Shashwat Chandra – Refresh 2012

Shashwat Chandra – Refres…

[Finding] Unit Test 64 bit Assembly using Visual Studio 2010 RC & Moles Framework


I am a fan of Moles framework when it comes to Unit Tests.

After few discussion threads with Moles Team at [1], came to the conclusion that Mocking Classes with Mole Framework is not supported for 64-bit assemblies.Waiting for their next version now.


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SharePoint 2007 to SharePoint 2010 (Beta & RC) In-Place Migration

SP 2007 to SP 2010 Beta In-Place Migration

Run the SP 2010 Beta executable


Click on Install the software pre-requisite.


Click Next.




Error: An older version of Power Shell was installed on the Server.

Resolution: Remove Power Shell from Windows features and again run the pre-requisite.


Remove Power Shell.




All Pre-requisite installed successfully.




This screen only appears in case of upgrading.






Note (my observation): If you are selecting the 2nd option for preserving the look and feel then your content databases are also upgraded but if you are selecting the 1st option for changing existing SharePoint sites then content databases for existing sites need to be upgraded manually.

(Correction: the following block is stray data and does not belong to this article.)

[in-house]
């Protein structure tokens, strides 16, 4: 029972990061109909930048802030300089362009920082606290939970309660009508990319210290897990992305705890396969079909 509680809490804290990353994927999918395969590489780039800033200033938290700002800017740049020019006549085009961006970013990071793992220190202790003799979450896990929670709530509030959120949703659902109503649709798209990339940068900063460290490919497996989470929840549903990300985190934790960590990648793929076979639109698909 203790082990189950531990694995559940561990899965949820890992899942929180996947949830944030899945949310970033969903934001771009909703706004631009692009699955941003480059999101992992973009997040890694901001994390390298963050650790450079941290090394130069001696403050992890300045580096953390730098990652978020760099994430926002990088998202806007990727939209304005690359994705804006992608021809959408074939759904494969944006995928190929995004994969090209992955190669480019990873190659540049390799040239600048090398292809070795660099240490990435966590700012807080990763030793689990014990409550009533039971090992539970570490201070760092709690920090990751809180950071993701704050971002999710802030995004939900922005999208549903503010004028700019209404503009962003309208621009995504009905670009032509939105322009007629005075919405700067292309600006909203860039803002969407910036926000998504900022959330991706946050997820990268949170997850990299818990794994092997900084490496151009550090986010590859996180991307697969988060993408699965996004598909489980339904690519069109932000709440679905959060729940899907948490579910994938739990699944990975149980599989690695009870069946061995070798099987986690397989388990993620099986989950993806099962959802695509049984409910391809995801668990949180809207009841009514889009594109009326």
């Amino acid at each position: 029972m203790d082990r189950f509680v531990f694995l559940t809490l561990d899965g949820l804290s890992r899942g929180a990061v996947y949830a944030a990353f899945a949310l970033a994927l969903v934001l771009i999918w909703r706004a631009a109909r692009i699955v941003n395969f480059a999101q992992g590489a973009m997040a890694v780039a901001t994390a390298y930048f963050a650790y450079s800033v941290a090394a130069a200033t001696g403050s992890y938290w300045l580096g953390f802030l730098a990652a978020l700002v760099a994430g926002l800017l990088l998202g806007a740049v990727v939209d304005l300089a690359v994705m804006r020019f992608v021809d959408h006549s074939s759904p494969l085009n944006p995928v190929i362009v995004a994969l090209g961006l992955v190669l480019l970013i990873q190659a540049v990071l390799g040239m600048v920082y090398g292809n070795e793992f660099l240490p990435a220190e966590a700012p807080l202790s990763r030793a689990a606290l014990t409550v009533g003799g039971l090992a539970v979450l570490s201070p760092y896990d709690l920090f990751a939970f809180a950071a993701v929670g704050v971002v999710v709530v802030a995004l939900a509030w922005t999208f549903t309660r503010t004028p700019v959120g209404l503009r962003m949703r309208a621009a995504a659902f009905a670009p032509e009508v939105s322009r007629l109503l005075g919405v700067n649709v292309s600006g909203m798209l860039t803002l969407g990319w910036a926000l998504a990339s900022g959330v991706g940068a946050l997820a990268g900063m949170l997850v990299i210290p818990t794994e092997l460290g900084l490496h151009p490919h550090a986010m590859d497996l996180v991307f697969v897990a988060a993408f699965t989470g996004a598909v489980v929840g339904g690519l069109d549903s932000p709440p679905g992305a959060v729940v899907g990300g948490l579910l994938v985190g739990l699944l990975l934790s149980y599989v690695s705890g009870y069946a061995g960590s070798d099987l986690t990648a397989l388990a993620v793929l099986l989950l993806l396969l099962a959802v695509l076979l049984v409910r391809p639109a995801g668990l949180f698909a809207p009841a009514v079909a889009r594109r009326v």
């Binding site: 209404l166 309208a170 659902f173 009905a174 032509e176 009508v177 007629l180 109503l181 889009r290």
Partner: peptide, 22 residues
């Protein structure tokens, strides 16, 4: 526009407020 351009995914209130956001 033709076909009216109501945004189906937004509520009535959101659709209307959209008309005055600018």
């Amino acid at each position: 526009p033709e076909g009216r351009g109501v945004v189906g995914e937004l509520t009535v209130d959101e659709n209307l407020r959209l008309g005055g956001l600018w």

Error: Host file missing.

Resolution: Navigate to the ETC directory and copy and paste one of the file. Rename that copied file to hosts. Open the file in notepad and save it after deleting all its contents.



Upgrade Timer Job Run In Progress.



Upgrade timer job successful.

SP 2010 Beta to SP 2010 RC In-Place Migration

This migration might contain bugs. There are patches release for RC version too. Install Prerequisite and SharePoint Server.




Error: There is a compatibility range mismatch between the Web server and database "", and connections to the data have been blocked to due to this incompatibility. This can happen when a content database has not been upgraded to be within the compatibility range of the Web server, or if the database has been upgraded to a higher level than the web server. The Web server and the database must be upgraded to the same version and build level to return to compatibility range.

Resolution: Unknown till now. I guess the error was because when I successfully upgraded from SP 2007 to 2010 Beta, I was seeing my old site content database’s not been upgraded. Without upgrading those I continued migrating from SP 2010 Beta to SP 2010 RC.

SharePoint 2007 to SharePoint 2010 RC In-Place Migration

Works well :)

More Error while upgrade

User Profile upgrade error

OWSTIMER] [UserProfileSharedResourceProvider12Sequence] [ERROR] [11/20/2009 1:43:04 PM]: Action of Microsoft.Office.Server.Upgrade.UserProfileSharedResourceProvider12Sequence failed.

[OWSTIMER] [UserProfileSharedResourceProvider12Sequence] [ERROR] [11/20/2009 1:43:04 PM]: Inner Exception: There are no online service instances for this application.